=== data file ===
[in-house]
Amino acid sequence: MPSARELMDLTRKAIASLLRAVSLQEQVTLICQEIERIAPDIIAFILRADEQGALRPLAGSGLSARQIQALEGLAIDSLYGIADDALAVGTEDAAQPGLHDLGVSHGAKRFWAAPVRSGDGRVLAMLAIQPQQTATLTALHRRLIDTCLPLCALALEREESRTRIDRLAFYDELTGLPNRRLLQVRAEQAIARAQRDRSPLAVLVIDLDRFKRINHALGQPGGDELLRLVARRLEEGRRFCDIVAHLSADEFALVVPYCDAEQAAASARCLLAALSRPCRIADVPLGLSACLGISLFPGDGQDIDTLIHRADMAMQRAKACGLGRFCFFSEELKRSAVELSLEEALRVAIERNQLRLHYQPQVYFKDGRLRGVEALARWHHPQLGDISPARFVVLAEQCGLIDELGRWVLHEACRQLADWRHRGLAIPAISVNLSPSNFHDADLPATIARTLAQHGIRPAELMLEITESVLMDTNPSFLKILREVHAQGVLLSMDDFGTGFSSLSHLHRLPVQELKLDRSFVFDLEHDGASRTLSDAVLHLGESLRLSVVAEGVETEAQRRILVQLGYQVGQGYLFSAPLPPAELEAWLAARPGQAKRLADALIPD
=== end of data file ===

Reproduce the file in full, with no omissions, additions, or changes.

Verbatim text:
[in-house]
Amino acid sequence: MPSARELMDLTRKAIASLLRAVSLQEQVTLICQEIERIAPDIIAFILRADEQGALRPLAGSGLSARQIQALEGLAIDSLYGIADDALAVGTEDAAQPGLHDLGVSHGAKRFWAAPVRSGDGRVLAMLAIQPQQTATLTALHRRLIDTCLPLCALALEREESRTRIDRLAFYDELTGLPNRRLLQVRAEQAIARAQRDRSPLAVLVIDLDRFKRINHALGQPGGDELLRLVARRLEEGRRFCDIVAHLSADEFALVVPYCDAEQAAASARCLLAALSRPCRIADVPLGLSACLGISLFPGDGQDIDTLIHRADMAMQRAKACGLGRFCFFSEELKRSAVELSLEEALRVAIERNQLRLHYQPQVYFKDGRLRGVEALARWHHPQLGDISPARFVVLAEQCGLIDELGRWVLHEACRQLADWRHRGLAIPAISVNLSPSNFHDADLPATIARTLAQHGIRPAELMLEITESVLMDTNPSFLKILREVHAQGVLLSMDDFGTGFSSLSHLHRLPVQELKLDRSFVFDLEHDGASRTLSDAVLHLGESLRLSVVAEGVETEAQRRILVQLGYQVGQGYLFSAPLPPAELEAWLAARPGQAKRLADALIPD